On Tue, 20 Jul 2004, Haelfix wrote: > Hmm, why do you think that if we find more Guage symmetries in nature, > that would be bad for String theory? It depends which gauge symmetries. A discovery of a grand unified group would be great for string theory - a friend of Grand Unified Theories. ;-) We won't discover the GUT group directly, however. The additional gauge bosons are very massive - their mass is at the GUT scale which is $10^16$ GeV. The GUT group is broken and the LHC can't see it directly. This is true for all GUT models I am aware of. The GUT theories are tested indirectly, via their predictions of proton decay etc. When I suggested that the new evidence of new gauge symmetries won't support string theory, I meant some random assorted new gauge symmetries - especially new Z' bosons, as they're called, new broken neutral Abelian gauge symmetries. Although many string models in the literature gave us (many) new U(1) symmetries $- I am$ thinking about the four-dimensional free fermionic heterotic models, for example $- I am$ afraid that their precise structure would not help us too much to make a conceptual or another significant progress in connecting string theory with reality - unless there will be a shocking pattern that I'm not able to predict now. There can be new confining non-Abelian symmetries, in principle - a totally new particle hyperproton made of hyperquarks - where all these particles are 1000 times heavier than protons and quarks (near the hyper-QCD TeV scale). That would be certainly fun for many people, but I would certainly view it as a strange signal that does not confirm any principle that has been derived from string theory. Of course, later, people could show that such things have a perfect stringy explanation ;-), but I can't write a whole book of fiction what could happen because the spectrum of such possibilities is huge. > Lets say we observe a rather simple GUT like SO(10). I was under the > impression most Stringy toy models often used this as a given (or some > SO(n) theory, where n might be large) instead of formally reducing to > the simple parameter space of the standard model? Or am I way off > base. Perhaps, I don't understand your text enough to reply. String theory can construct SO(10) GUT, E6 GUT, SU(5) GUT, the Standard Model plus various hidden groups, and so on - all these possibilities can be realized within string theory in many different ways. It does not seem that any particular solution would help us to find TOE - but of course, the confirmation of GUT would be amazing. Another comment: we can't see GUT directly at the LHC, and the LHC also can't distinguish between different GUT scenarios. The LHC can only see new symmetries that are broken or confined at a few TeV. > Another question(s).. What would a highly enlarged Higgs sector mean > exactly, $and/or$ the absense of any result. Would the fine tuning scare > people out of particle physics, or would we be compelled to rehit the > drawing boards. I am not a specialist, so my comments can be off the board. But the fine-tuning is not necessarily correlated with the size of the Higgs sector. If there is a single fundamental Higgs doublet, it is likely that we will have to live with the idea that the Standard Model is essentially complete up to many TeVs, and Nature is fine-tuned whether we like it or not. If there are two Higgs doublets, such as in SUSY models, the hierarchy can be protected by SUSY. Already today, the masses of superpartners are clear to be slightly higher than what would be perfectly solving the hierarchy problem. Various people in physics hate the fundamental scalar fields, and they propose that the Higgs must be composite, with a new strongly coupled group at a TeV scale - technicolor-like models (another pseudosolution of the hierarchy problem). I would say that this approach is almost exactly contrary to the thinking in string theory, and if the Higgs were shown to be made of techniquarks, string theory would almost certainly be in trouble for a while $- at$ least because such models have not been studied much in the stringy context as far as I know. String theory does not favor the "preon" religion - the religion that says that everything, including gauge bosons, should be made of fundamental spin-1/2 particles. String theory has no problem at all to generate gravity; fundamental gauge fields with spin 1; and fundamental scalars (with spin 0). They are equally fundamental as spin 1/2 particles. In fact, string theory often generates too many scalars. There can be many Higgses etc., but it seems fair to say that the Higgs(es) in string theory have been almost always fundamental fields, not composites. Just like the discovery of SUSY; GUT; KK modes; excited strings; even fractional charges would be a supportive news for string theory, I think that the discovery of new chaotic particles; preons; composite Higgs; compositeness of other Standard Model particles - all these things would be setback for string theory, I think, and they would support other branches of particle phenomenology. The minimal Standard Model with a single Higgs would be a sort of neutral result. We would, in some sense, know as much as we know today (with a different upper limit of validity of the Standard Model). The precise models that proposed new physics at the LHC would be eliminated, and analogous models based on the same principles, but using higher energies, would compete according to virtually unchanged rules. All approaches that needed a relatively low scale to be natural - not only SUSY, but virtually anything solving the hierarchy problem - would be uniformly weakened, and the anthropic principle and the possibility of fine-tuning would be strengthened. The same holds for other non-conceptual discoveries such as potential heavy generations of quarks and leptons (they should still come together, for anomalies to cancel). If we were able to see many generations, we might get more hints to see the patterns in masses. But if it is not so, I think that no specific subculture in particle physics would be strengthened. None really care whether there is a 4th heavy generation of fermions. Of course, a confirmation of any specific model that has appeared in the literature would be a huge victory for the author(s) of the model, and (s)he would gain a big influence on the development of particle physics. The number of possibilities is huge - but I tend to think that the first found beautiful possibilities that survived - such as SUSY - are still most likely. If SUSY is found, we will be saying that we were just trying to waste time before the new experiments by studying alternative models. Of course, if SUSY is not found, we will be saying that we had been wasting time with SUSY. ;-) __{____________________________________________________________________ ________} E-mail: lumo@matfyz.cz fax: $+1-617/496-0110$ Web: http://lumo.matfyz.cz/ eFax: $+1-801/454-1858$ work: $+1-617/496-8199$ home: $+1-617/868-4487$ (call) ^^^^^^^^^^^^^^^^^^^^^^^^^^^^^^^^^^^^^^^^^^^^^^^^^^^^^^^^^^^^^^^^^^^^^^^ ^^^^^^^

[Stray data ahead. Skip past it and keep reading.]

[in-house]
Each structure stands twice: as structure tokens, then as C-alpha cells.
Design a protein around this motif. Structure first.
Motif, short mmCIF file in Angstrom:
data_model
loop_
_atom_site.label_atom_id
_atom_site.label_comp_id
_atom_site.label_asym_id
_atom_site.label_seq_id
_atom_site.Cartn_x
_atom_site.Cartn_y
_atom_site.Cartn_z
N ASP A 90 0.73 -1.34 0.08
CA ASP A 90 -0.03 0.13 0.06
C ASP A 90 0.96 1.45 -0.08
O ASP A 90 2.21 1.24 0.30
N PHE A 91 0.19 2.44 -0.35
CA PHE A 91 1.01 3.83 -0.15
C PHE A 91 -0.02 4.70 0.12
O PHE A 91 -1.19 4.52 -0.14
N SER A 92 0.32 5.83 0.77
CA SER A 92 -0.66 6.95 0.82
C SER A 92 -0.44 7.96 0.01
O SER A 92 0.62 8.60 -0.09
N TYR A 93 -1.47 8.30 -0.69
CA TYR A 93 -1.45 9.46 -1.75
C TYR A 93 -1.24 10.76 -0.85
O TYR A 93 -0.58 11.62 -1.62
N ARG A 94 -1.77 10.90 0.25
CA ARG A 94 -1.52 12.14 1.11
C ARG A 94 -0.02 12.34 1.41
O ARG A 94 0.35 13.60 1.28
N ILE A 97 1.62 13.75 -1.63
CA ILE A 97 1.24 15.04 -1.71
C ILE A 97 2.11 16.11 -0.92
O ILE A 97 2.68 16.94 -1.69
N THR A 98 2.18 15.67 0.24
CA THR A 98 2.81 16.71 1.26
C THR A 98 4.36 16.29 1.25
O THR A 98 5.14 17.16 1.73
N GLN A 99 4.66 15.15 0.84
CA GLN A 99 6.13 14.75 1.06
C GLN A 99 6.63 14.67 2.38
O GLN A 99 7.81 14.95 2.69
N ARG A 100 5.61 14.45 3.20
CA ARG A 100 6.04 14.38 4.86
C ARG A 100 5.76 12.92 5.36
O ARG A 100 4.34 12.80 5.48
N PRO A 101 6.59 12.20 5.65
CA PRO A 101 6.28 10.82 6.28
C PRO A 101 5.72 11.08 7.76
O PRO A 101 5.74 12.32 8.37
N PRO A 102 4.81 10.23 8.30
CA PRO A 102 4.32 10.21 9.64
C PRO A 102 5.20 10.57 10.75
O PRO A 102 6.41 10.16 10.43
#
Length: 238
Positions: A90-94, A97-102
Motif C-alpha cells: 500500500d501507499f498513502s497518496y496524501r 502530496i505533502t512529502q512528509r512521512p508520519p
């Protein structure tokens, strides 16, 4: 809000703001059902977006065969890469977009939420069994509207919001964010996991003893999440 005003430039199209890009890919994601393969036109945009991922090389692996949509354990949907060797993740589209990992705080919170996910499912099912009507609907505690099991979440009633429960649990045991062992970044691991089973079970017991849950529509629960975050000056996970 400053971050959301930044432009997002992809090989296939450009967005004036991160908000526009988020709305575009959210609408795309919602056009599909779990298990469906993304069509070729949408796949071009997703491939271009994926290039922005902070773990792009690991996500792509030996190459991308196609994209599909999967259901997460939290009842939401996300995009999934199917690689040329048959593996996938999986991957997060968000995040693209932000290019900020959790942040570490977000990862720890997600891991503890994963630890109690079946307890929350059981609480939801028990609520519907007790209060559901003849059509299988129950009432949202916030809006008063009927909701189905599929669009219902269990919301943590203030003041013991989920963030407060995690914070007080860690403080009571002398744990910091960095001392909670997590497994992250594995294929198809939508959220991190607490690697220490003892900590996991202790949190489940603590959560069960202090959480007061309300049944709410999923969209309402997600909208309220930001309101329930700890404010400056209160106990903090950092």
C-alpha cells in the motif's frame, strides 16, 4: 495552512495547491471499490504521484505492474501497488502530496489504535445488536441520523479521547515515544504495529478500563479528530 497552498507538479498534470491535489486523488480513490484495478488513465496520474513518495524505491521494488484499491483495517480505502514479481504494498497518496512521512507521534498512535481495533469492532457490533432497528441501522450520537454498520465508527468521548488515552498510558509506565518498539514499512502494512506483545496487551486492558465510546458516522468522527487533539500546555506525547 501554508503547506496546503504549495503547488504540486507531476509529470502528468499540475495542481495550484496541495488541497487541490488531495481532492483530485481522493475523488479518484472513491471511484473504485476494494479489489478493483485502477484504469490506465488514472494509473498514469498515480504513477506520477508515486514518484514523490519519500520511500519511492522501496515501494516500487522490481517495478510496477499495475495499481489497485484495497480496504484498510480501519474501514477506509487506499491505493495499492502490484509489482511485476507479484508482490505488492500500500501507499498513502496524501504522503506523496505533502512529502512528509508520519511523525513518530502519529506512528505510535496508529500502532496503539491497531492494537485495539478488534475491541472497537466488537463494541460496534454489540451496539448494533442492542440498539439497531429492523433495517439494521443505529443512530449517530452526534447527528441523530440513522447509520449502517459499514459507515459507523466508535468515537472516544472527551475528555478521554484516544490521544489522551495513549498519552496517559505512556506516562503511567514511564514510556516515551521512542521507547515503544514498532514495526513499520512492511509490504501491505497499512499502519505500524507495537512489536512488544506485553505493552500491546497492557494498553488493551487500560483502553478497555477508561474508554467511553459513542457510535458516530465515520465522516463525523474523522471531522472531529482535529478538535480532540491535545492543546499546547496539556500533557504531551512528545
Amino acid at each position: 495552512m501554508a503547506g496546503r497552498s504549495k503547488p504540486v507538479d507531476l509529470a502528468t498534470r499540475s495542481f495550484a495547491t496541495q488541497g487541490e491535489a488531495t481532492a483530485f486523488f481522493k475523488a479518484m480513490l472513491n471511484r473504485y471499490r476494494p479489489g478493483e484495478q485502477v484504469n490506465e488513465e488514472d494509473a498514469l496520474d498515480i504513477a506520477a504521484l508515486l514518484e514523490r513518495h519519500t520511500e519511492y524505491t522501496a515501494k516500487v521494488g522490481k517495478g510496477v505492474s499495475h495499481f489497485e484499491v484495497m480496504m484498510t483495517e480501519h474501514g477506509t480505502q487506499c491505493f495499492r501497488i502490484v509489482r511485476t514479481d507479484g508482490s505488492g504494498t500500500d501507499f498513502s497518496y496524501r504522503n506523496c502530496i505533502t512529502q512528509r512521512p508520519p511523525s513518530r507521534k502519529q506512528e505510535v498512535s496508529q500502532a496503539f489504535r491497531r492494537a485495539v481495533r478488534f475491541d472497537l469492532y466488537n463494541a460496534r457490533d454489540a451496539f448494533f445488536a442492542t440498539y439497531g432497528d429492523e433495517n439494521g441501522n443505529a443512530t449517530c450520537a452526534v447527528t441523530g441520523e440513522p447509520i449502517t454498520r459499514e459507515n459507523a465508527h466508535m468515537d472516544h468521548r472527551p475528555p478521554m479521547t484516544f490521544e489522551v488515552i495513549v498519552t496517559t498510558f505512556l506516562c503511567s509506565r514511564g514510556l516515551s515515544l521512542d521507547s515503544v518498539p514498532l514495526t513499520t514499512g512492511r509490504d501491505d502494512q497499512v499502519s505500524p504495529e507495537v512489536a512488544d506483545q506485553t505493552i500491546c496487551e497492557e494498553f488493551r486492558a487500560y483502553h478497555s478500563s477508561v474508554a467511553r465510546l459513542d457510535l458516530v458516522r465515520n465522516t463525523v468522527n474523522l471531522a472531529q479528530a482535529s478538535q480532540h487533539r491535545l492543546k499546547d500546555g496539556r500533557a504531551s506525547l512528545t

Oh, I see, so everyone is in agreement about all the details of string theory, and it is undeniably established that strings are the *only*possible* explanation for a zero-mass particle with two degrees of spin? If that were the case would there be a need to discuss string theory in this forum? That's what I'm referring to. Sorry if I didn't state it precisely enough for you. --Pam "Ulmo" wrote in message news:53ca460a.0407141212.3601b29c-10....google.com... > Pam Crouch wrote in message news:... > > > I'm curious; assuming string theory can be reconciled with existing physics > > theories, > > What do you mean "reconciled"? All theories are an extension of > previous theories. There has never been anything in string theory that > is inconsistent with observation. > >



Pam Crouch wrote in message news:... > Oh, I see, so everyone is in agreement about all the details of string > theory, and it is undeniably established that strings are the > *only*possible* explanation for a zero-mass particle with two degrees of > spin? If that were the case would there be a need to discuss string theory > in this forum? That's what I'm referring to. Sorry if I didn't state it > precisely enough for you. I think the question should be - is there any experiment possible whose outcome would rule out string theory?